“Should the comprehensive programming channels, backed by the major newspapers, begin to hog a significant part of the advertising market, this would pose a direct threat to the existence of smaller outlets that have been representing a broad range of people and opinions. This would bring a crisis to the level of journalism here by sacrificing diversity,” said Lee Kang-taek, who heads the National Union of Media Workers.
Perhaps, the biggest strength of the new pay-television channels has been the unwavering support of the government. This obviously could turn into a glaring weakness depending on the results of the parliamentary and presidential polls next year.
The big-four newspapers, distinguished by their conservative and corporate-friendly viewpoints, have been the biggest supporters of the Lee Myung-back administration, which have been blasted by the liberal media over the Korea-U.S. free trade talks and other sensitive issues.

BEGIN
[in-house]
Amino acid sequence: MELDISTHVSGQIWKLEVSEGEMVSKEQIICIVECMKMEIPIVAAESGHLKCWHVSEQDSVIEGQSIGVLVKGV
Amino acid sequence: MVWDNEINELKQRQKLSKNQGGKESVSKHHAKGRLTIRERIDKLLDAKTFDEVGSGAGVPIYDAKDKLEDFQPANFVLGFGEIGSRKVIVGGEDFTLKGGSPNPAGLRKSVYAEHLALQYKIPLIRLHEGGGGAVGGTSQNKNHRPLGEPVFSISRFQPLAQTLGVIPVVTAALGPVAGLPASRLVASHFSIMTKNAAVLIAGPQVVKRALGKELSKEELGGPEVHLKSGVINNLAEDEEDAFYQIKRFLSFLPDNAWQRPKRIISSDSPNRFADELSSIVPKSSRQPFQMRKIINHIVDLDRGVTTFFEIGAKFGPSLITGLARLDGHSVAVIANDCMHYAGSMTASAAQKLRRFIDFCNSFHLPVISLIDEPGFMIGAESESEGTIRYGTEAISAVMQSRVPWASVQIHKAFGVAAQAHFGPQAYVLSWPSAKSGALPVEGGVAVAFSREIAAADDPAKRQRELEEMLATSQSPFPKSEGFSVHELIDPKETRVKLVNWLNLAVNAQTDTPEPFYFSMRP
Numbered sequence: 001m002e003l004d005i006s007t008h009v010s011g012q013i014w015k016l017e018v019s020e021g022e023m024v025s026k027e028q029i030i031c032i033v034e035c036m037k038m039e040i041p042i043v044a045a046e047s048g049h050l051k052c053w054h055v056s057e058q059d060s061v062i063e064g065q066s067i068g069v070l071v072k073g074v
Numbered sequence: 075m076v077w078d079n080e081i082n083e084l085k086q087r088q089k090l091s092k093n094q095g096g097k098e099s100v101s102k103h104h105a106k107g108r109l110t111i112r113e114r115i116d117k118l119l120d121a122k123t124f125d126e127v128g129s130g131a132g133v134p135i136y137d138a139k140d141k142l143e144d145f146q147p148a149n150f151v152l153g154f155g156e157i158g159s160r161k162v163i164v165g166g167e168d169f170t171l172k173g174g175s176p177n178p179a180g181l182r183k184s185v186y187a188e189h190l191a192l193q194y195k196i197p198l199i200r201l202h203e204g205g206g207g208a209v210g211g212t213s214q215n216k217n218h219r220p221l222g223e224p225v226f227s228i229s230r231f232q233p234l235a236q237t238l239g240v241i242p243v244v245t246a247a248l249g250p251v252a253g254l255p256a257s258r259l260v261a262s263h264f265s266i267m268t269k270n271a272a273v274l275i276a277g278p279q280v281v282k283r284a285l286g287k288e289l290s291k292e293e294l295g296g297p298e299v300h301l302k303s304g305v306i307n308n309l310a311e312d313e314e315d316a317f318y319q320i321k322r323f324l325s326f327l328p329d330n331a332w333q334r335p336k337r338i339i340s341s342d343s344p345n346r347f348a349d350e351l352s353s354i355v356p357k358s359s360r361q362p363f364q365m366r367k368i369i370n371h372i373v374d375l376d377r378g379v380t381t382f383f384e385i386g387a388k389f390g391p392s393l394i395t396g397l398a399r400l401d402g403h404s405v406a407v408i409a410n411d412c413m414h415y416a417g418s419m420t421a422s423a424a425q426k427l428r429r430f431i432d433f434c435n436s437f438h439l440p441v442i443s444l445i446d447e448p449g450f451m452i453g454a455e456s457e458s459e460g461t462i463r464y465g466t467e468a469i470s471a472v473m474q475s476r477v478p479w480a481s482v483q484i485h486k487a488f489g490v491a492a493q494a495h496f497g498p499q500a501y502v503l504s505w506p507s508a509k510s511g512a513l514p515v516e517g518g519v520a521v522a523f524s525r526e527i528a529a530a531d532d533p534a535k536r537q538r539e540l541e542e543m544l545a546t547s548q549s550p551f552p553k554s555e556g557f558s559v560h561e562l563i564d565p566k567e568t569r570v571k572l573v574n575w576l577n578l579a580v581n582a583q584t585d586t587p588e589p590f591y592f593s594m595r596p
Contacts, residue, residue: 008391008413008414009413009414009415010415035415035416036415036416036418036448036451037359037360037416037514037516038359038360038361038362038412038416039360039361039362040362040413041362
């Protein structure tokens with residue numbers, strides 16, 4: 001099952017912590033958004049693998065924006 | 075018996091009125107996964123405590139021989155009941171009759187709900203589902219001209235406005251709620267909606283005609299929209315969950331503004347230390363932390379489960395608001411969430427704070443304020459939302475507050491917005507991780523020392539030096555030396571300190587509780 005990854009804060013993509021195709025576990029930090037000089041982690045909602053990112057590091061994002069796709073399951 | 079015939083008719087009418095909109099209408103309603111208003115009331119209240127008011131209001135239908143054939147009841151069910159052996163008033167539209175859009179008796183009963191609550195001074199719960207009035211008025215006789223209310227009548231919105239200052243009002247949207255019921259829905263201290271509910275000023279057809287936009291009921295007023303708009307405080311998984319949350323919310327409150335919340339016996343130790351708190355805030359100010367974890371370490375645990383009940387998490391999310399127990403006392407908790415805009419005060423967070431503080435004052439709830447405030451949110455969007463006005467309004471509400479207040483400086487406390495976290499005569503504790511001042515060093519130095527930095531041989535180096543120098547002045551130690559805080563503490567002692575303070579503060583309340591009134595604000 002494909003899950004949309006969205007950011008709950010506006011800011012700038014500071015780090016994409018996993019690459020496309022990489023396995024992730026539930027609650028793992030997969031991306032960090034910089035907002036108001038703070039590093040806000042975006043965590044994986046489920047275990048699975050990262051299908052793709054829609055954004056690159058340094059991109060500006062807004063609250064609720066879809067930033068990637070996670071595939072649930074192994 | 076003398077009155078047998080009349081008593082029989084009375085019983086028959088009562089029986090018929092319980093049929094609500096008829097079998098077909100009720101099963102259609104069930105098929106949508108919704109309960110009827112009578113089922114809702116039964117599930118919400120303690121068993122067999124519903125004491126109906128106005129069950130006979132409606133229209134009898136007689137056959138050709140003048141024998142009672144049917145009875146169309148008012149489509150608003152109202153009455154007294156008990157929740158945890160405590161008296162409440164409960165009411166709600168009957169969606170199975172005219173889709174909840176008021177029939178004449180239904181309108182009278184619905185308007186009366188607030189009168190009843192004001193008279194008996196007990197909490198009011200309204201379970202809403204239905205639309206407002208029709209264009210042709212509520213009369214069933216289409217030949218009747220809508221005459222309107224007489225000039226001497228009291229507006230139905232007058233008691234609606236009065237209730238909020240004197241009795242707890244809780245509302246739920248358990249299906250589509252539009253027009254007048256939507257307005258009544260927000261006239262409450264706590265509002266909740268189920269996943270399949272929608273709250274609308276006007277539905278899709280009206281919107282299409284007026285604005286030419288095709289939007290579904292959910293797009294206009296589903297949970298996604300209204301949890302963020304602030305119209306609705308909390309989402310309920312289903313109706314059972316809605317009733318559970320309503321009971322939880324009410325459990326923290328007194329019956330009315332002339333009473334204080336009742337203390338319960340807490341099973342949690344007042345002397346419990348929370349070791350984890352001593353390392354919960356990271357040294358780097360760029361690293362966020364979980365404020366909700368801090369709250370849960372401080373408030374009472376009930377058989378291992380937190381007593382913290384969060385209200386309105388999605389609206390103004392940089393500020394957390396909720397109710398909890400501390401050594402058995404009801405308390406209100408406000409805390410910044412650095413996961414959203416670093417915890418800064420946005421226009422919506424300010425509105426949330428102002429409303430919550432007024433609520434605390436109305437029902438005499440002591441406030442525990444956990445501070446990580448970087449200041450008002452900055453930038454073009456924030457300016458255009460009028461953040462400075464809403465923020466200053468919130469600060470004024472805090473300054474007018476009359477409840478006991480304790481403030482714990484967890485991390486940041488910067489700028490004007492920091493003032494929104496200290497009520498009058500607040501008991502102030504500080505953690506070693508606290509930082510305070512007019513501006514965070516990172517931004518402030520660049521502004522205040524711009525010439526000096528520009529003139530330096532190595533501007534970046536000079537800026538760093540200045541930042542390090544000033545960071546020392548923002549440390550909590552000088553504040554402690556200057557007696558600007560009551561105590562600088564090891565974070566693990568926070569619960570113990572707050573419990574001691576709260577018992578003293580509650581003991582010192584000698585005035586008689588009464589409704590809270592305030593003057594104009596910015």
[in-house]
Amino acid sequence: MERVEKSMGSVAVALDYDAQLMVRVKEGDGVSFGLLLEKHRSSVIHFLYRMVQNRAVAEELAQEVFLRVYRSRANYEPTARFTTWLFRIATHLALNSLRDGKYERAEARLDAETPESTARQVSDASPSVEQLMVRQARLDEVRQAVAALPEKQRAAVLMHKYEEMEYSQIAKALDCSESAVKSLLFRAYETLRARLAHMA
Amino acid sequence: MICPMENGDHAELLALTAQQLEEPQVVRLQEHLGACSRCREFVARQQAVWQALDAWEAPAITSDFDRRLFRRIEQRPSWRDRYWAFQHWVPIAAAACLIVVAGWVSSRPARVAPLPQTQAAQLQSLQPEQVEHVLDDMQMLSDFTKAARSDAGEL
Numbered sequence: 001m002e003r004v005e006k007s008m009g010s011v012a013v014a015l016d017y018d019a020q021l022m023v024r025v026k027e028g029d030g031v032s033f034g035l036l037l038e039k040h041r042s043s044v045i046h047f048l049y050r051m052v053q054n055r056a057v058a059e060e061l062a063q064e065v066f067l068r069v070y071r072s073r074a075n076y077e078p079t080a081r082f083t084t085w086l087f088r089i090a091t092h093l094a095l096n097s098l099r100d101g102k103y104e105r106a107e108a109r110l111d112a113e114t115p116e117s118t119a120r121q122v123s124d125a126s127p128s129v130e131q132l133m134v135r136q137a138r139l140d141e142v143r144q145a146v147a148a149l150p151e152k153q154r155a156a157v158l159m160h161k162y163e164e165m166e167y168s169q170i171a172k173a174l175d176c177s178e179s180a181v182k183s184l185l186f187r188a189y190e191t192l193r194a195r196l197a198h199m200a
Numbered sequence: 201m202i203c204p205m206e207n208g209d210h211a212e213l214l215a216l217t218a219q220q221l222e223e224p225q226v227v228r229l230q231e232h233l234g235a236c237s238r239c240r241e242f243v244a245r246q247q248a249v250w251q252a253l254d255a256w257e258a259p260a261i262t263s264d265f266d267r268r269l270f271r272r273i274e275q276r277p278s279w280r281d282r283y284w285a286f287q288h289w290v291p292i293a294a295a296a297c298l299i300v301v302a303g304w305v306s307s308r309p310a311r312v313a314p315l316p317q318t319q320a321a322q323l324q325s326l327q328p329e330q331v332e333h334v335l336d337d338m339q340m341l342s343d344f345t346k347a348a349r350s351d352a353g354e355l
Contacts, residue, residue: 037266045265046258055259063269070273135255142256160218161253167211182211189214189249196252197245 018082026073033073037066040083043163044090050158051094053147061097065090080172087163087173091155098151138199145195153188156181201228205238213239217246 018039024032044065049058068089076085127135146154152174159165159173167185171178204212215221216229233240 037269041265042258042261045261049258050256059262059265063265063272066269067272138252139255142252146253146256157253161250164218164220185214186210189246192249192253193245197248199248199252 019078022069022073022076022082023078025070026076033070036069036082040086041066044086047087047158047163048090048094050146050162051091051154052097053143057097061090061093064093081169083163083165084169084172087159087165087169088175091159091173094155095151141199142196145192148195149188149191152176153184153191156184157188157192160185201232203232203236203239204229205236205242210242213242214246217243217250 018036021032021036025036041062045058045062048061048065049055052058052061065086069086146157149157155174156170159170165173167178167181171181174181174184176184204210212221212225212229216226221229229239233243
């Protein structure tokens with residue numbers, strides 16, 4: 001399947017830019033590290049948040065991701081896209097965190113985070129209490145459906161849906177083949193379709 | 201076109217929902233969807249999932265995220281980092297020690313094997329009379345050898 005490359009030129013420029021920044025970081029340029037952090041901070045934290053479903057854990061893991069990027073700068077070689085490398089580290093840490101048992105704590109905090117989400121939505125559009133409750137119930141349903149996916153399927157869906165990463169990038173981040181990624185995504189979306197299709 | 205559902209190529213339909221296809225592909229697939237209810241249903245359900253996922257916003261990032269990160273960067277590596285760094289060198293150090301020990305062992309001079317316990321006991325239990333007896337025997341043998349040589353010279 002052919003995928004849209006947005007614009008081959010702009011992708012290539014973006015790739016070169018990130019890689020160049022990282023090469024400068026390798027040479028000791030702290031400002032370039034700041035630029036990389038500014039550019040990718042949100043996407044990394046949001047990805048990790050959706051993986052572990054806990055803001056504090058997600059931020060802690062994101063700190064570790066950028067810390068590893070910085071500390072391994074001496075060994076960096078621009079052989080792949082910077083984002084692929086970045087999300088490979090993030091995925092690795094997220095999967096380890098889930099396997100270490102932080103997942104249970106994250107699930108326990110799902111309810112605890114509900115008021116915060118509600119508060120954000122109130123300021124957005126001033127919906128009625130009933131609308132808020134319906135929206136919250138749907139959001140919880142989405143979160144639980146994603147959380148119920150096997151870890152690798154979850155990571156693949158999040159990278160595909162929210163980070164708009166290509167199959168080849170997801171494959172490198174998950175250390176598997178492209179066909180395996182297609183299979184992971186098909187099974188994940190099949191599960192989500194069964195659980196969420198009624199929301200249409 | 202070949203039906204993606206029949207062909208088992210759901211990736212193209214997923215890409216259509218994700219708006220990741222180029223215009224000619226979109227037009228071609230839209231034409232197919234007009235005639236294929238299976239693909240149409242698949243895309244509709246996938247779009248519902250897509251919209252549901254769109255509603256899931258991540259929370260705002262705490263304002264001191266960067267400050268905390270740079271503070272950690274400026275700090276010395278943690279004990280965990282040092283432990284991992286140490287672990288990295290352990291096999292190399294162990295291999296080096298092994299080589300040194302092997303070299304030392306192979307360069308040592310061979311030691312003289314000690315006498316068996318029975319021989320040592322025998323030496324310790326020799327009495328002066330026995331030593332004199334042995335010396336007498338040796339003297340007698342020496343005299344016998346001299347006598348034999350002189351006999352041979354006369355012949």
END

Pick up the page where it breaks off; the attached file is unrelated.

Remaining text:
And the KCC has been fully behind the four papers as they bumble their way into broadcasting. Compared to their terrestrial rivals, the comprehensive programming channels will be permitted to use more minutes on commercials and enjoy a larger allowance of outsourced content. The new channels will also be allowed to insert ads in the middle of a program, which terrestrial broadcasters haven’t been able to do since the 1970s.
The KCC even went out as far to pressure cable system operators to allocate lower numbers for the new comprehensive programming channels, preventing them from being lost in the land of triple-digits.
It bears further watching if they will continue to be coddled as much by the next administration.
수년의 논쟁과 잡음 끝에 한국의 대형 신문사가 만든 종합편성채널이 1일 개국했다.
조선일보, 중앙일보, 동아일보, 매일경제는 2008년 국회에서 신문과 방송 겸영을 전면 허용하는 언론법 개정안이 통과된 이후 신문지면에서 그들이 누려왔던 영향력을 방송영역에서 확장하기 위해 절박하게 노력해왔다.
이들 신문사들은 그들의 방송진출이 국내 미디어시장의 새 지평을 여는 소위 `빅뱅’이 될 것이라 주장한다. 그러나 이미 포화된 미디어광고시장은 이들의 실험이 처참한 실패로 끝날 수 있음을 시사하고 있다.